Discussion in 'Radiation Oncology' started by stephew, Dec 4, 2003.
Wish I could read it but no password.
here's the abstract and link to pubmed: http://www.ncbi.nlm.nih.gov/entrez/...ve&db=PubMed&list_uids=14575834&dopt=Abstract
Int J Radiat Oncol Biol Phys. 2003 Nov 15;57(4):1033-7. Related Articles, Links
Evaluation of the National Resident Matching Program (NRMP) radiation oncology data (1993-2003).
Wilson LD, Haffty BG.
Department of Therapeutic Radiology, Yale University School of Medicine, New Haven, CT 06520, USA. Lynn.Wilson@yale.edu
PURPOSE: Radiation oncology continues to evolve as a specialty. In the early 1990s, issues of manpower oversupply, resource allocation, development of academic radiation oncology, and residency training curricula were fervently considered and evaluated. Much of this effort continues. This communication endeavors to examine the National Residency Matching Program (NRMP) results as they pertain to radiation oncology to identify and document applicant trends over the last decade. METHODS AND MATERIALS: The NRMP database tables for inclusive dates 1993-2003 were evaluated. The database figures were supplied directly from the executive staff at the AAMC/NRMP. Data were reviewed for radiation oncology, and the following variables were evaluated for the study period (1993-2003): Training program participation, positions offered, applicant totals, proportion of US senior applicants, US seniors as a percentage of those who successfully matched, ratio of applicants to positions, and percentage of training program positions filled. Trends over the study period were analyzed. Data were also analyzed for all specialties collectively as a comparison group. RESULTS: The number of training programs has remained relatively stable between 1993 and 2003. In 2003, each radiation oncology program in the NRMP on average accepted two new candidates. The number of positions offered has fluctuated over time. There appeared to be a downward trend until 2003, during which 107 positions were offered. The number of applicants continues to rise with totals of 209 and 214 in 2003 and 2001, respectively. Percentage of US senior applicants compared with the total pool has remained relatively stable, but raw numbers are rising. The number of US seniors as a percentage of those who successfully matched escalated during 2001 compared with previous years. This value has been consistent over the past 3 years, at a level of approximately 94%. The ratio of applicants to positions, which is a broad indicator of level of competition for entrance, began to rise significantly in 2000 to a level of 1.9. It peaked at 2.6 in 2001, and the ratio for 2003 was approximately 2.0. For the first time, all positions offered were filled (100%) through the NRMP match process in 2003. Such positive trends have not been realized to the same degree for all specialties analyzed as a cohort. CONCLUSION: Acceptance into radiation oncology training programs through the NRMP has become very competitive. The explanation for this trend is likely complex with many variables. These data may be helpful in training program development and will certainly be of service to advisors of medical students seeking entrance into the field in the near future.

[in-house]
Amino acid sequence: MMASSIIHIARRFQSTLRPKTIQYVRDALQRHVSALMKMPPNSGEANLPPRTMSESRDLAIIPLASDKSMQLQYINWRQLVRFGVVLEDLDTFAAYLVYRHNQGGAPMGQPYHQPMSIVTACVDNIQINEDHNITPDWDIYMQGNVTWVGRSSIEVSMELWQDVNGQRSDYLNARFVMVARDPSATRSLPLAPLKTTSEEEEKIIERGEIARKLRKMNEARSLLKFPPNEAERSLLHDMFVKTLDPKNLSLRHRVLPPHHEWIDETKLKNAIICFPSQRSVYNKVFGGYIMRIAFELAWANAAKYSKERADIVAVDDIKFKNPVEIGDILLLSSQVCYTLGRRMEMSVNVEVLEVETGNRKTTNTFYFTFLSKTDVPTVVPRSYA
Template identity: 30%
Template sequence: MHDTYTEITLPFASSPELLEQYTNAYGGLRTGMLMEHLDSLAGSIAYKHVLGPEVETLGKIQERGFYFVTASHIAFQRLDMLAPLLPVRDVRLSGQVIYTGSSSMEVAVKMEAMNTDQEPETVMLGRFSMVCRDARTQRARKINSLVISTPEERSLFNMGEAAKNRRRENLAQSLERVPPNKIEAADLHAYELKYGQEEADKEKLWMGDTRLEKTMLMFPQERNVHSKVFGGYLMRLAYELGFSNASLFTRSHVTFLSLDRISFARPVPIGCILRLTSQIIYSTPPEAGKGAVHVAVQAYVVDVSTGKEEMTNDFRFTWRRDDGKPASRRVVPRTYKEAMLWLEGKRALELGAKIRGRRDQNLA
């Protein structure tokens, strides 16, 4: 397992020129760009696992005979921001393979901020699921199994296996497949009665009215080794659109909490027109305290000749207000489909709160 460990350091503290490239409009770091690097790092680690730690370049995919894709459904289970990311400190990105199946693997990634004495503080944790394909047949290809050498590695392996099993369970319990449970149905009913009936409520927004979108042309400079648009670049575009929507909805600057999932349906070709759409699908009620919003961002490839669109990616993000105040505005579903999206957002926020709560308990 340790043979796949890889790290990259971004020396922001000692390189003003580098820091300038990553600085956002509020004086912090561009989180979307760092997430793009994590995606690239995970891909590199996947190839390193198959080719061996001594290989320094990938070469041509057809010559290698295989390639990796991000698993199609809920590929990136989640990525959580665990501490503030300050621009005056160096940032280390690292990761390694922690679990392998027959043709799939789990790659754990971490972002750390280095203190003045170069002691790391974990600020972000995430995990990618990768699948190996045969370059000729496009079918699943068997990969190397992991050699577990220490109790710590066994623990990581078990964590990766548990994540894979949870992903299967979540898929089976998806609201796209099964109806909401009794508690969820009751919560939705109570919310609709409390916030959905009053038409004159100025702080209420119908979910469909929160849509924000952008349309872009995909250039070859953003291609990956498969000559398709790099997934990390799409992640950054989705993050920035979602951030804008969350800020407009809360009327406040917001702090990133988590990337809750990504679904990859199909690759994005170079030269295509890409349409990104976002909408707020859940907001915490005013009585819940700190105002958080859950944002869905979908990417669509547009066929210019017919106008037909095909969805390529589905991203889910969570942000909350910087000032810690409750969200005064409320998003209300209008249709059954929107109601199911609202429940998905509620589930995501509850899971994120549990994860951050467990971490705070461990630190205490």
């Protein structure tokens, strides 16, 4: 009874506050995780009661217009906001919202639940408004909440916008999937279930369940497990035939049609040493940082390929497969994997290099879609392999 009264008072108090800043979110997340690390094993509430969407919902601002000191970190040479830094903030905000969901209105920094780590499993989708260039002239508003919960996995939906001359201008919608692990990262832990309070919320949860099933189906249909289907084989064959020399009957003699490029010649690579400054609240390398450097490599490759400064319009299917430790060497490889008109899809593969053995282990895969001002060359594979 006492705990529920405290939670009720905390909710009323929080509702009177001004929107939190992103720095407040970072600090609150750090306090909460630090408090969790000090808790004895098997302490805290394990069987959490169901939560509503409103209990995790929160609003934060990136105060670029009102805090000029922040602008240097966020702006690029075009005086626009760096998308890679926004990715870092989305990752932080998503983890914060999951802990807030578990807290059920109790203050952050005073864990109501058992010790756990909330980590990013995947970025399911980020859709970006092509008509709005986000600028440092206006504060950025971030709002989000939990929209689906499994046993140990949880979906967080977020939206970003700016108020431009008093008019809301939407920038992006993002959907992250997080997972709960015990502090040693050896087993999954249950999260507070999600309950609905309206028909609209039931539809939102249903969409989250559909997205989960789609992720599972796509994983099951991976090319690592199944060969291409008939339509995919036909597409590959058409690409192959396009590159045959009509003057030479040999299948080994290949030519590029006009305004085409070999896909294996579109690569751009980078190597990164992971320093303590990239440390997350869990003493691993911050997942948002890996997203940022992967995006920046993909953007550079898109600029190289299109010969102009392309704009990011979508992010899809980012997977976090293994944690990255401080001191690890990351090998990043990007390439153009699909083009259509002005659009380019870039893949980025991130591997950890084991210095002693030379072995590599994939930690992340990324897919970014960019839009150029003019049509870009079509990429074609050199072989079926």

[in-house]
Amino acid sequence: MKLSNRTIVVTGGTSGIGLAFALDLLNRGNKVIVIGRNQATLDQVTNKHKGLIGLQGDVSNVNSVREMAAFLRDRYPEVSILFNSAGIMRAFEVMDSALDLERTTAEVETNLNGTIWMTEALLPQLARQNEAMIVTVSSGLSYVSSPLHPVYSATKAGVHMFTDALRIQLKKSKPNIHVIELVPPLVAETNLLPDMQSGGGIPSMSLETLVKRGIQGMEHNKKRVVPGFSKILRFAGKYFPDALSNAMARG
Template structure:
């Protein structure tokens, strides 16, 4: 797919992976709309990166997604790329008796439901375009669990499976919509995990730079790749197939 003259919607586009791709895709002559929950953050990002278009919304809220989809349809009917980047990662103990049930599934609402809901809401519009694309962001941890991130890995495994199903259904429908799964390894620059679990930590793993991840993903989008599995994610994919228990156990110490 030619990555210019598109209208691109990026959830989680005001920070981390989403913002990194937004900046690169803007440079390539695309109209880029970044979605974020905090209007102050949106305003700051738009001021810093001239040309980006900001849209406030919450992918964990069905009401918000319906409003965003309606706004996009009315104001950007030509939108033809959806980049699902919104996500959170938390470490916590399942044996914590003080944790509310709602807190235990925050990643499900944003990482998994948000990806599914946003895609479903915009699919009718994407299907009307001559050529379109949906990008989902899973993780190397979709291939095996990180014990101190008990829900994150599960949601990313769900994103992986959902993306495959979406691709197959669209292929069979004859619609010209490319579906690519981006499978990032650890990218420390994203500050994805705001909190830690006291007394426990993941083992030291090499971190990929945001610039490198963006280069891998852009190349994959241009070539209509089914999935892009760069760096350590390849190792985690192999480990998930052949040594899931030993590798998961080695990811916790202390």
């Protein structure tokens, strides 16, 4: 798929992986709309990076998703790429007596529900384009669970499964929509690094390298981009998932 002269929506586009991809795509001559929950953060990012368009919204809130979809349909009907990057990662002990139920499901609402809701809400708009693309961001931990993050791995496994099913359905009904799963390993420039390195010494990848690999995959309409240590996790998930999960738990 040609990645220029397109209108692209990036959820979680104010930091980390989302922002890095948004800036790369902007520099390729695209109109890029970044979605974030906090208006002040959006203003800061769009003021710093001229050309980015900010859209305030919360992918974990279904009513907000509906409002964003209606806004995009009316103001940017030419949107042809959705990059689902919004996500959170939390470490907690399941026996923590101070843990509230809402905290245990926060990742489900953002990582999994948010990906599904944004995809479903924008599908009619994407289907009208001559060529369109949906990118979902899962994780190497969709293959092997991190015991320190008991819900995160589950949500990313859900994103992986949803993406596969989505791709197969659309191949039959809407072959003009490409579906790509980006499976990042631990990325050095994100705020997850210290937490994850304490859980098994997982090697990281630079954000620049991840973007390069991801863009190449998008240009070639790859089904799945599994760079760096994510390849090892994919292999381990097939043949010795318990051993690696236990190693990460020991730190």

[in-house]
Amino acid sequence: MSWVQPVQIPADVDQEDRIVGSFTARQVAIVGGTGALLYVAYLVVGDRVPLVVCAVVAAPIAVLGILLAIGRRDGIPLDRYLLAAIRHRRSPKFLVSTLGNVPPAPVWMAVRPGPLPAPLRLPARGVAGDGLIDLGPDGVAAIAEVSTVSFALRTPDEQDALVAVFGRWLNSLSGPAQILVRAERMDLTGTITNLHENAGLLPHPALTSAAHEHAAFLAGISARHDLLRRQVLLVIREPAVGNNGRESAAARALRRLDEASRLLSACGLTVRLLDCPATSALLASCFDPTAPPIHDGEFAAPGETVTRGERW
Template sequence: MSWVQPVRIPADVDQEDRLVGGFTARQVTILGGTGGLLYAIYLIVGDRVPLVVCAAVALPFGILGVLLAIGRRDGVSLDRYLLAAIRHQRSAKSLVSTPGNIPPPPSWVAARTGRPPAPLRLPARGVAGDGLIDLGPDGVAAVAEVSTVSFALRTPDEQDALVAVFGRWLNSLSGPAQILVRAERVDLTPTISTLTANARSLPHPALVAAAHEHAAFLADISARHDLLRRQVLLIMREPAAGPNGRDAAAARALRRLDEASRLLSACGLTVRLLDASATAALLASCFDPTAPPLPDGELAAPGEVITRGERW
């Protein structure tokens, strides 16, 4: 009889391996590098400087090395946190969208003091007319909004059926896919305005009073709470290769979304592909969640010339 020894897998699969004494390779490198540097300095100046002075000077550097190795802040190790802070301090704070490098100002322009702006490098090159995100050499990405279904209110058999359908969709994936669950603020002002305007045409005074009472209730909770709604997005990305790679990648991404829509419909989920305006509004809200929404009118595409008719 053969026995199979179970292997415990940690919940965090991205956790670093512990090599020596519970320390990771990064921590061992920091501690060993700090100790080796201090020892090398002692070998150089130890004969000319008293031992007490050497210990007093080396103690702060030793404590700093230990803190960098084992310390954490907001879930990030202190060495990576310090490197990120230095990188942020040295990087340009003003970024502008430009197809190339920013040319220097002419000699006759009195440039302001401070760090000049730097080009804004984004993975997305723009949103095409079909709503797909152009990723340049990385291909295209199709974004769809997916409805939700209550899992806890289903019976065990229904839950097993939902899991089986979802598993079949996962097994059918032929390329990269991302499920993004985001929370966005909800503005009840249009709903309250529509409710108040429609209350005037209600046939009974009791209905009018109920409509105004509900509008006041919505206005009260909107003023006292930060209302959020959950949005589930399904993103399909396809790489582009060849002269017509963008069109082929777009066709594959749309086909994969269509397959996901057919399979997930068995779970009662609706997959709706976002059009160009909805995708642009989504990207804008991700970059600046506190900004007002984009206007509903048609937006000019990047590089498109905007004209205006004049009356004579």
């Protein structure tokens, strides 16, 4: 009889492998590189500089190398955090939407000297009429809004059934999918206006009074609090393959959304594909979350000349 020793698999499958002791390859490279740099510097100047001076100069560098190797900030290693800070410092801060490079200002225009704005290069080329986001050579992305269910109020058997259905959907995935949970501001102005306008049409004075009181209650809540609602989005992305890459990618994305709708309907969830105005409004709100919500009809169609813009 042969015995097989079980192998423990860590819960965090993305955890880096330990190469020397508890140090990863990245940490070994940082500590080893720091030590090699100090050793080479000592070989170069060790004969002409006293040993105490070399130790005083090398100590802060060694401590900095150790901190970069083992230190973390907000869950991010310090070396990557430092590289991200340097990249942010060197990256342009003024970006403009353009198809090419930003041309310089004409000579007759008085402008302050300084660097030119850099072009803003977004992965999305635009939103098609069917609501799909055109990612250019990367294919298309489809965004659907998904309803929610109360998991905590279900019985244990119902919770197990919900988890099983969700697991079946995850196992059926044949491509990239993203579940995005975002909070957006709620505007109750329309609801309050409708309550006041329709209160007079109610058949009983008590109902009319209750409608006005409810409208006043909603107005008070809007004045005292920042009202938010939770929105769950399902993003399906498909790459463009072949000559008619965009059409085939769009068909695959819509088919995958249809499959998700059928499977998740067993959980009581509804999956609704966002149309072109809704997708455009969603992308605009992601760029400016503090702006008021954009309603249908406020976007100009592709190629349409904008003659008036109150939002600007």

Didn't applications quadruple this year? I remember a post that said there were 3-400 applications for some positions. That drops the match ratio to 4 instead of 2 that is quoted in the article. Talking to other third years, this ratio will increase more next year for the 2005 match.
remember this isnt the 2003 year, its the 2004 year (for 2005). Also, i dont think the apps total is as high as 300-400 but in the 200-250 range. Just anecdotal.
I heard on the interview trail that the total number of spots is up to around 130 so if you're just looking at pure spot to applicant ratio, it looks about the same as last year.
I heard the 400 applicant story too, but in all my rejection letters (and boy there are lots ), no program lists anywhere close to that many applicants. I'm starting to get sympathy from Derm people though
unfortunately no, there aren't that many spots;
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